The Large Language Model Threatening Public Education Today

Good day, CharterFolk.

There’s lots of talk happening right now about this sign-of-the-times article that was published by the New York Times this week.

Publicly funded schools with as little regulation as we have seen in generations …

Anyone can open a microschool, although more than two-thirds of founders are current or formerly licensed teachers. And these schools can teach anything they like, including biblical versions of science and history. Facilities may not be inspected; staff member background checks are sometimes unnecessary. And while many microschool founders say they cater to students with disabilities, the programs do not have to follow federal disability law, and most do not provide the therapies and counseling that are often available in public schools.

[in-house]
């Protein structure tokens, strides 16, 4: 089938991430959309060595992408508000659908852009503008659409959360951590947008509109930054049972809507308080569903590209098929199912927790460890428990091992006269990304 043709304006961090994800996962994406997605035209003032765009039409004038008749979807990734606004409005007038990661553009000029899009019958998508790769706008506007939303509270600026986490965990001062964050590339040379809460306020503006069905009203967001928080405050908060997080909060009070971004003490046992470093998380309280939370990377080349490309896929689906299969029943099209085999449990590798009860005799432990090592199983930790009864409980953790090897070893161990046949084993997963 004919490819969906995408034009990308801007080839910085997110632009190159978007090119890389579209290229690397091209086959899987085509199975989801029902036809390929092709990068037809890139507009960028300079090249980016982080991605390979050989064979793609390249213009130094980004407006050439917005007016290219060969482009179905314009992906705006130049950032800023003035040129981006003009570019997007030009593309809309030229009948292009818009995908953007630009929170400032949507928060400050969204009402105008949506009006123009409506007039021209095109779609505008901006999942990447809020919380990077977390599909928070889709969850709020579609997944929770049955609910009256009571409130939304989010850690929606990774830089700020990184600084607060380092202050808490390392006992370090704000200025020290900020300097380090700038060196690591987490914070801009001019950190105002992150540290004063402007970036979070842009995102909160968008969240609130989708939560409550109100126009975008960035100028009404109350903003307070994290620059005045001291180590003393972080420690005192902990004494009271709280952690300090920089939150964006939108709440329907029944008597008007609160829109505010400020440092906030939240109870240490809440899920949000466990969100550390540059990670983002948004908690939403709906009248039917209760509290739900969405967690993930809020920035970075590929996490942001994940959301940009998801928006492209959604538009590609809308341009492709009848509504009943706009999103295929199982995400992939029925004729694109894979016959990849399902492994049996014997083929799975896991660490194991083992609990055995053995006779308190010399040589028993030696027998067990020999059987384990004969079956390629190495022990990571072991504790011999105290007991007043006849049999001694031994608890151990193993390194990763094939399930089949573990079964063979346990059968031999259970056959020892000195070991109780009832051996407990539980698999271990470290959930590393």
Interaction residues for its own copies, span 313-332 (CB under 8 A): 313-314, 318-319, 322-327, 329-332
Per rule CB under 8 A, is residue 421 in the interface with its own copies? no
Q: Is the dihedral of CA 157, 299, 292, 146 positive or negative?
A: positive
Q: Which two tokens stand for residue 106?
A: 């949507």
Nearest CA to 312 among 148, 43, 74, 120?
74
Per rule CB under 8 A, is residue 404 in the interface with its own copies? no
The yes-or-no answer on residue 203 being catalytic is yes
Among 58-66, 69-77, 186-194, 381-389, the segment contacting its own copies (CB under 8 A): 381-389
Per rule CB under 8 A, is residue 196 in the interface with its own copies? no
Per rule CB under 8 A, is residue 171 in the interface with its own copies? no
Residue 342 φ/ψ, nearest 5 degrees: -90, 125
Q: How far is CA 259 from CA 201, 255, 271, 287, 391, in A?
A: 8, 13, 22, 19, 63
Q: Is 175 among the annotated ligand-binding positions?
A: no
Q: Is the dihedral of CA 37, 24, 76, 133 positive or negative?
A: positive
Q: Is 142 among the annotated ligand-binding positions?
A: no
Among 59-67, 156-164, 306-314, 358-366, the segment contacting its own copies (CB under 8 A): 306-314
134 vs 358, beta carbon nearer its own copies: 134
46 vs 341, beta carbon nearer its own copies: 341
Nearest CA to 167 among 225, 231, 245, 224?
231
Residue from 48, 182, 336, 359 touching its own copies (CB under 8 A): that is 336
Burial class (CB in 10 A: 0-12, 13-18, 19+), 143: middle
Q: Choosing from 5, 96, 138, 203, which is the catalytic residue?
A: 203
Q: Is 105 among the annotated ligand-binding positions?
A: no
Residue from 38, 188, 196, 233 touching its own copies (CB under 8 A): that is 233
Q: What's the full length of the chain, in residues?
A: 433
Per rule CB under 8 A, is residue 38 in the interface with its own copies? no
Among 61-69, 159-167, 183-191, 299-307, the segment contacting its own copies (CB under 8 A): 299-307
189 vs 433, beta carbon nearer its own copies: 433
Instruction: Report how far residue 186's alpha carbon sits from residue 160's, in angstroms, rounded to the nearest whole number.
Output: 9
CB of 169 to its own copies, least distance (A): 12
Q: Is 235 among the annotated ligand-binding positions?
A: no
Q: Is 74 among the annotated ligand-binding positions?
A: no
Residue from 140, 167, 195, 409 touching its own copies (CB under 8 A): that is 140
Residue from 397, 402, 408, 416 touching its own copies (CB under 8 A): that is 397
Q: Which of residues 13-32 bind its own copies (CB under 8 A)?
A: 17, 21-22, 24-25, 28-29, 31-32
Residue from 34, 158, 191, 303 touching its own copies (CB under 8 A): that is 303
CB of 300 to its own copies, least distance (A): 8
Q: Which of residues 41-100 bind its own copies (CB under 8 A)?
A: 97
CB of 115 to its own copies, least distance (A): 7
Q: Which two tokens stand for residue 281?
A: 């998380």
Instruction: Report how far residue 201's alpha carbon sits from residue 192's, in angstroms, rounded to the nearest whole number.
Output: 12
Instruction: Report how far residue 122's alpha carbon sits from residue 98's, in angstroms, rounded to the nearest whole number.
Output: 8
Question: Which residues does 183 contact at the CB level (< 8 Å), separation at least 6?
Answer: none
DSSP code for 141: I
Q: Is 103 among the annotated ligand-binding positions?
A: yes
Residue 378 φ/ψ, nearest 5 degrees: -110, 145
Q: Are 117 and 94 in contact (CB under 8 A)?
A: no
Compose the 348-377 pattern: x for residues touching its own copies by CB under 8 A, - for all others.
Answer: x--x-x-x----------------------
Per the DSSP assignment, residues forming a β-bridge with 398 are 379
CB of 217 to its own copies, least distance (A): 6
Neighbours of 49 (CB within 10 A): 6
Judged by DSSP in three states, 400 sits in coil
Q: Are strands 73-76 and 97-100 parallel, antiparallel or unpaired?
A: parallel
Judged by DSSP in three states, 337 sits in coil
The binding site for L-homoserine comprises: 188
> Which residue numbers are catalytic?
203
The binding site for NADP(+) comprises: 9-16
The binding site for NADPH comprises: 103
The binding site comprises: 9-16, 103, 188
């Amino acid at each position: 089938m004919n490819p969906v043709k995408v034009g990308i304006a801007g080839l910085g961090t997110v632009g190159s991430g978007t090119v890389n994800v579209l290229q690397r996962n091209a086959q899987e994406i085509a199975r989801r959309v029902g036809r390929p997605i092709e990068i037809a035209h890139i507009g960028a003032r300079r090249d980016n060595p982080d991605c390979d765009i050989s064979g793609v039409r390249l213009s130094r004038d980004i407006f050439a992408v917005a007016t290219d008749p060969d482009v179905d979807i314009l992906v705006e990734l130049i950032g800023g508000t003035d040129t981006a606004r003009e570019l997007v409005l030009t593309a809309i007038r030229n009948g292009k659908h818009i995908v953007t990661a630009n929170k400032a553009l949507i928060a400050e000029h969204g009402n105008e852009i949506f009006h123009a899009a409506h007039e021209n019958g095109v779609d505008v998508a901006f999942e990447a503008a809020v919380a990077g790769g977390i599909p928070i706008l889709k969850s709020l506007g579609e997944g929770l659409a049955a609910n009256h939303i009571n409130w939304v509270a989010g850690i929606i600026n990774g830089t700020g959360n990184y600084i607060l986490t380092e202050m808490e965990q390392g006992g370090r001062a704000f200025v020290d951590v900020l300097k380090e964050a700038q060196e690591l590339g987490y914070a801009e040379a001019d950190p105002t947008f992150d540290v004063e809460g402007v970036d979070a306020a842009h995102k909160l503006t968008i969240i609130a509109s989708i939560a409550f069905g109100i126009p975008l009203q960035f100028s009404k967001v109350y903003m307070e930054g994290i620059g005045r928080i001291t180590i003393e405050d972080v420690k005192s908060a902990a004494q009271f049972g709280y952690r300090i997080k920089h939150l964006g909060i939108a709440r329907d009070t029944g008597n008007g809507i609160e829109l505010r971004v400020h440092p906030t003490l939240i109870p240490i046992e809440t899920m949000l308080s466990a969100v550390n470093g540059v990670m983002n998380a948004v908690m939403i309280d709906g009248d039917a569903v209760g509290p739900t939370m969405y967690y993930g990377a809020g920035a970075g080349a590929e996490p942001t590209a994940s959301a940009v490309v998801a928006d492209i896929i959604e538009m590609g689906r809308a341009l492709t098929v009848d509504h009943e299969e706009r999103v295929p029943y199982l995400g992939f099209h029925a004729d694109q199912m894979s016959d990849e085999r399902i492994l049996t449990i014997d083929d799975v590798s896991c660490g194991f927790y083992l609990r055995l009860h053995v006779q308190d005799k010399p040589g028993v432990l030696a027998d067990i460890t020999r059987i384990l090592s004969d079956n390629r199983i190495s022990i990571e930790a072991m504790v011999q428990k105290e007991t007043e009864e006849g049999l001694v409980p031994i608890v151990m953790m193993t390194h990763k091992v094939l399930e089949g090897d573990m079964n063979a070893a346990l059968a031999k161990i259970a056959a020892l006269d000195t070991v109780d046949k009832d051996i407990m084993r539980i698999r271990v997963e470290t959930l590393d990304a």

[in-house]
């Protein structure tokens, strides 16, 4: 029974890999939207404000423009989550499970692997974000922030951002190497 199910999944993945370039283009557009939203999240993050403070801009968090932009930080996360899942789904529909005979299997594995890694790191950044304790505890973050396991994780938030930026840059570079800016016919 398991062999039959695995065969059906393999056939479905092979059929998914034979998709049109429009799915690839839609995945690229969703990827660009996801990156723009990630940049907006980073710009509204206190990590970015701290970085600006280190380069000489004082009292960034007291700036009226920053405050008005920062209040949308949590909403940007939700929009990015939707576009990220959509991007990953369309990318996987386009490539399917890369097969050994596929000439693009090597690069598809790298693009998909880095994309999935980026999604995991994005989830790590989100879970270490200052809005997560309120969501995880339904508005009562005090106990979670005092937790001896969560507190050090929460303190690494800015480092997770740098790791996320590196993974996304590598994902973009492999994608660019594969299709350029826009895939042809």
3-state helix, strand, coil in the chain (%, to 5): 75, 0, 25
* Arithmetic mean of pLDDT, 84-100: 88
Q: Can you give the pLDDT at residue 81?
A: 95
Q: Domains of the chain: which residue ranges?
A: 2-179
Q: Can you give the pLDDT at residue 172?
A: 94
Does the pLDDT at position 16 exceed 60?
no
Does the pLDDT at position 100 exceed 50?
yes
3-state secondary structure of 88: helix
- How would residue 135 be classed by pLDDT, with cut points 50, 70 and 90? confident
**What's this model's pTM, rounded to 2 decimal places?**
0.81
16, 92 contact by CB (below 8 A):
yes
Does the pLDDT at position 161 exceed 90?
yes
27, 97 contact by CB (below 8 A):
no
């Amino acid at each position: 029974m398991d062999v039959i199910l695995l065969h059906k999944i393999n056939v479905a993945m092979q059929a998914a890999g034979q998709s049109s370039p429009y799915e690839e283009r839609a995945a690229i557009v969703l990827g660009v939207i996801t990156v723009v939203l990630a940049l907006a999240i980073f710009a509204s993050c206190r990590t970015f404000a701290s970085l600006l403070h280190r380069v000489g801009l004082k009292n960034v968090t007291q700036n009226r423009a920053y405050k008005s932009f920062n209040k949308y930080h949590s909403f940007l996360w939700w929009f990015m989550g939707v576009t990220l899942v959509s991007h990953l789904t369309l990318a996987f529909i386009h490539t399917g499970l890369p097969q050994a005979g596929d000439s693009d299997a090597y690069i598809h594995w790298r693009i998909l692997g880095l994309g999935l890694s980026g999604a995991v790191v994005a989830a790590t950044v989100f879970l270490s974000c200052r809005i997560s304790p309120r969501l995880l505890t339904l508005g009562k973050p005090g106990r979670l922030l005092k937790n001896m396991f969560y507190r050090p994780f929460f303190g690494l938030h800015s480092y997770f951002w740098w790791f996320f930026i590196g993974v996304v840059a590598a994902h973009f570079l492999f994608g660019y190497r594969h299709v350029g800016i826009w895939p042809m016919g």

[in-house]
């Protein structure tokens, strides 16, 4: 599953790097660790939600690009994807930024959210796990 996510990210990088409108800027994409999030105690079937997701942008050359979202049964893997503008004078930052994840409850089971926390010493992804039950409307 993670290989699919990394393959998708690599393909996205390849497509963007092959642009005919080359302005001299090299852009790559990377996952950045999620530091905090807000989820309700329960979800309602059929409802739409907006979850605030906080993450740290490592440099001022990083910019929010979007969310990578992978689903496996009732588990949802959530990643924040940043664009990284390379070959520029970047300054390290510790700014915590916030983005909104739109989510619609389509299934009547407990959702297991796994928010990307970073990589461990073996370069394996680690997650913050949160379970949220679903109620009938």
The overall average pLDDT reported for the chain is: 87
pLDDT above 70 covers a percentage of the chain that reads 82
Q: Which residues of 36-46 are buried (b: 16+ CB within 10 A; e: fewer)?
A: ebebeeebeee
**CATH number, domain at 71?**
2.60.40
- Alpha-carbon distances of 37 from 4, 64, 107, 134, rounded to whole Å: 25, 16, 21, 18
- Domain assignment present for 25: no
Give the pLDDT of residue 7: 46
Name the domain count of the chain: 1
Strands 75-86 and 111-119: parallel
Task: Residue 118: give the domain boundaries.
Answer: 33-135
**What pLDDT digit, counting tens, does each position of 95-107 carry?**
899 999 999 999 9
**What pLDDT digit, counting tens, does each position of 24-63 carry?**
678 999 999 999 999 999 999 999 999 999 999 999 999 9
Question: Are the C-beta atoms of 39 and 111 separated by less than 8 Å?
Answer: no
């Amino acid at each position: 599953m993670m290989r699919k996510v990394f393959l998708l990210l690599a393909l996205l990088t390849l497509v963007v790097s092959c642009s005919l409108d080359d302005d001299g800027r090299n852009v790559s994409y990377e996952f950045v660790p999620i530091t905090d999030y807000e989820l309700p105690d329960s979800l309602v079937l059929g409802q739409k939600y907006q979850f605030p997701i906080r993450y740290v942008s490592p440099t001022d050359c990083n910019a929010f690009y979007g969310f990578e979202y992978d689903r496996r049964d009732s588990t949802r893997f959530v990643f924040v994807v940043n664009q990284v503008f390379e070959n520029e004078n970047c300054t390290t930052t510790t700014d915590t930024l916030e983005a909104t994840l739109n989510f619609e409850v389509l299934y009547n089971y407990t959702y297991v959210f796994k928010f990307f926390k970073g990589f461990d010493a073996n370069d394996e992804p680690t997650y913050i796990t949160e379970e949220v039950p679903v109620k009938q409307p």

… are growing like crazy.

The article was timed to coincide with EdChoice’s announcement this week that a million students across the country are now accessing private school options through publicly funded vouchers and ESAs.

Meanwhile, another sign-of-the-times piece came out this week at CNN.

Interviewed by Fareed Zakaria, Sal Khan maintained his generally upbeat assessment of AI’s ability to make education better.

Now we can use AI to get … that much closer to a real tutor for every student and a teacher assistant … [for every teacher].

Zakaria was decidedly less sanguine.

How do you deal with the problem that everybody I know in education is worrying about, which is: will students actually do the work if the AI can do the work for them? How do you devise tests in a world where the students can just get the AI to write the paper for them or give the answer?